Image Description: An exhibition by Sophia Wee
The closure of physical spaces has presented difficulties for students of all subjects, with History students losing the libraries and Chemistry students losing access to labs. But Fine Art students have not just lost access to their studios, they have also lost the opportunity to physically exhibit their work at the Ruskin’s annual Degree Show. The Degree Show is an opportunity for Fine Art finalists to exhibit the culmination of three years of developed studio practice. It is a celebratory event and a collective effort, with students fundraising and planning throughout the year in order to showcase their art to a much wider audience.
However, the show is not just a fun event, it is also significant in helping young artists gain recognition and support in the crucial early stages of their careers, acting as a launchpad to further opportunities for many. It is attached to monetary prizes, including the Platform Award where one finalist receives a solo exhibition at Modern Art Oxford and has the potential to win a £2500 bursary and mentoring from a professional artist, which will now have to take place virtually. It is clear that Fine Art finalists have been hit hard by losing the opportunity to exhibit their work in this setting.
The show is not just a fun event, it is also significant in helping young artists gain recognition and support in the crucial early stages of their careers
The pandemic hasn’t entirely stopped all hopes of a Degree Show taking place in some form. The Fine Art finalists are in the process of looking at what an alternative Degree Show could look like, whether this is by releasing a publication, putting on an exhibition at a later date when it is safe to do so or by organising an online exhibition. This idea of an online exhibition is an interesting one as it poses the question of how suitable art really is for this new virtual world. The Degree Show has always run in conjunction with a website and an awareness that not everyone will be able to physically attend, but a purely online exhibition certainly does present some new limitations.
A purely online exhibition certainly does present some new limitations
Art exhibitions, and perhaps especially the Degree Show, depend on their physicality. Installations are developed with spatial and temporal dynamics in mind, the materiality of sculpture cannot be fully experienced through a screen and, most importantly, exhibitions, especially a more intimate one like the Degree Show, thrive off engagement with the audience and public. The show was based in Cowley and as a result, a wide range of people unrelated to the university and Fine Art in general visit and have conversations with the artists that wouldn’t happen otherwise. A physical Degree Show is able to foster a sense of community and intimacy that an online show would simply never be able to achieve.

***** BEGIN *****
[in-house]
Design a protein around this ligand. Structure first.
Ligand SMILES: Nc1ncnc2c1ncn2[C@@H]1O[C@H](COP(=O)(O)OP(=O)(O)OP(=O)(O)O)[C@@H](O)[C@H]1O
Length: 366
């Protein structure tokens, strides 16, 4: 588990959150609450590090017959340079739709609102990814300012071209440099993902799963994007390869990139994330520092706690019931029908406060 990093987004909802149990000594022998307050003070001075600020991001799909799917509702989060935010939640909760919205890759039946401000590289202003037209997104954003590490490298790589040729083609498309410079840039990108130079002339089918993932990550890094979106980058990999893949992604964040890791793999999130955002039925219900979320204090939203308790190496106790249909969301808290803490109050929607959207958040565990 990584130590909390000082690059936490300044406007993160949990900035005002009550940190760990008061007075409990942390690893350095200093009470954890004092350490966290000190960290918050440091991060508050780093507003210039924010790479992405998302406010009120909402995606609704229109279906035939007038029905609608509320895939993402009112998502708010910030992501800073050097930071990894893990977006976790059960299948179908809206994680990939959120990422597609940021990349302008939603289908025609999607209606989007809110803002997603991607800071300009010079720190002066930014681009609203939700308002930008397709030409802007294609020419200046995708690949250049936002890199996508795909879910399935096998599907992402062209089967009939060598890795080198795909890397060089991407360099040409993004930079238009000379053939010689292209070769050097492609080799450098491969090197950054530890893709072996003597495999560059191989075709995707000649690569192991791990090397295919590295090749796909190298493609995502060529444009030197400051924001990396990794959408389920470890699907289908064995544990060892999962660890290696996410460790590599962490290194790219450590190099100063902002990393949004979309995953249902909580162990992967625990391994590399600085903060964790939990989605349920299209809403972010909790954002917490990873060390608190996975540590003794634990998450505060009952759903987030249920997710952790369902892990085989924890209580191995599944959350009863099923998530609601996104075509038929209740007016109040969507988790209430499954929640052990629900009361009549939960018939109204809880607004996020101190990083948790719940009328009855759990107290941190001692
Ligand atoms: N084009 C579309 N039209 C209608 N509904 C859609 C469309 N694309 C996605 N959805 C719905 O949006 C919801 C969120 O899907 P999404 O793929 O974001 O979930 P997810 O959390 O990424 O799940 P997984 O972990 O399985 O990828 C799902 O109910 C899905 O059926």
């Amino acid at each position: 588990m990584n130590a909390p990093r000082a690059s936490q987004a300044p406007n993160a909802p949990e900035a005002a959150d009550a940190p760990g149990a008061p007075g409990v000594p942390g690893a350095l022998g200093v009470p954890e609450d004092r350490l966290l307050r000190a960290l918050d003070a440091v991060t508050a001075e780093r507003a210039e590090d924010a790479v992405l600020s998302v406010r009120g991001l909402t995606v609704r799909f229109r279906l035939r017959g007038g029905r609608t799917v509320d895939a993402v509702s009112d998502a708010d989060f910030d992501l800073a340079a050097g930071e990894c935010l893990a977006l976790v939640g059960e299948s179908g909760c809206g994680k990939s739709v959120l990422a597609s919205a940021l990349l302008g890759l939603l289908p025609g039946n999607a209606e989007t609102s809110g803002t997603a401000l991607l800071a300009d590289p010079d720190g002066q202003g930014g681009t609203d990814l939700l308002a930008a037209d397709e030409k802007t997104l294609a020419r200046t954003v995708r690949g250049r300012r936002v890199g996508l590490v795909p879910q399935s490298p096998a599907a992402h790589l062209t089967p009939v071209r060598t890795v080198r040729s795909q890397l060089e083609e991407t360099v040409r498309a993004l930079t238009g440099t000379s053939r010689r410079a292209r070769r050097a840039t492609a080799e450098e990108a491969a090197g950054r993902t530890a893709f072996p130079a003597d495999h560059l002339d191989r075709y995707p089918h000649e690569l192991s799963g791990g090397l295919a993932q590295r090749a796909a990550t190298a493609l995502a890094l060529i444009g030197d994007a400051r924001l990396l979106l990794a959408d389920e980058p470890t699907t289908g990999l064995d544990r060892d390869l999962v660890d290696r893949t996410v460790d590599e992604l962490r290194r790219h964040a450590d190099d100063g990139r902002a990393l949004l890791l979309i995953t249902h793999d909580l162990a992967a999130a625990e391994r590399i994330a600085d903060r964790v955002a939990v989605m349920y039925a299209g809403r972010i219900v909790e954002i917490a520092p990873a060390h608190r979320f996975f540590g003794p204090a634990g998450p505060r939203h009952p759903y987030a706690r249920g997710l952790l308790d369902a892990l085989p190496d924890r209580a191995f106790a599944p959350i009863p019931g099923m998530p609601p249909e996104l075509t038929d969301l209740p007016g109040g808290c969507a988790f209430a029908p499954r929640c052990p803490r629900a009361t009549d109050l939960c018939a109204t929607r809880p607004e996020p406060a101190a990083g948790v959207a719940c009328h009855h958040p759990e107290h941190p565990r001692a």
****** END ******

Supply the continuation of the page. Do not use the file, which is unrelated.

Furthermore, a physical audience plays a noteworthy role in access and outreach for both the arts and the University. It is easy for both to become insulated and shrouded in mystery and privilege and having local people and prospective students see what is being produced inside the Ruskin goes a long way in breaking down these ideas about art and Oxford.
A physical audience plays a noteworthy role in access and outreach for both the arts and the University
Speaking to some Fine Art finalists, there was also a sense that a crisis throws into question the use and the importance of art in the first place. A group of finalists published a collaborative document with Auto Italia sharing their experiences of lockdown, in which one wrote, “the uncertainty and stress of this situation make it difficult to focus, let alone acquire the mental flexibility to approach a radical alternative to conclude my degree. I don’t know how to continue a practice right now, or if I even want to”. This isn’t just about figuring out how to exhibit art virtually, it’s about how art and creativity can and should continue during a time of crisis.
“The uncertainty and stress of this situation make it difficult to focus, let alone acquire the mental flexibility to approach a radical alternative to conclude my degree”
The lack of a physical Degree Show reflects the sadness, frustration and anxiety that artists and audiences around the world are feeling about the closure of physical galleries. Moving art to purely online spaces is restrictive. Although the demand for art around the world has not decreased – galleries everywhere have reported record traffic on their sites – the way that audiences will be consuming and experiencing this art has been fundamentally altered. And, as the lack of a physical Degree Show demonstrates, we really are losing something in this new purely non-physical interaction with art.
Image Credit: Sophia Wee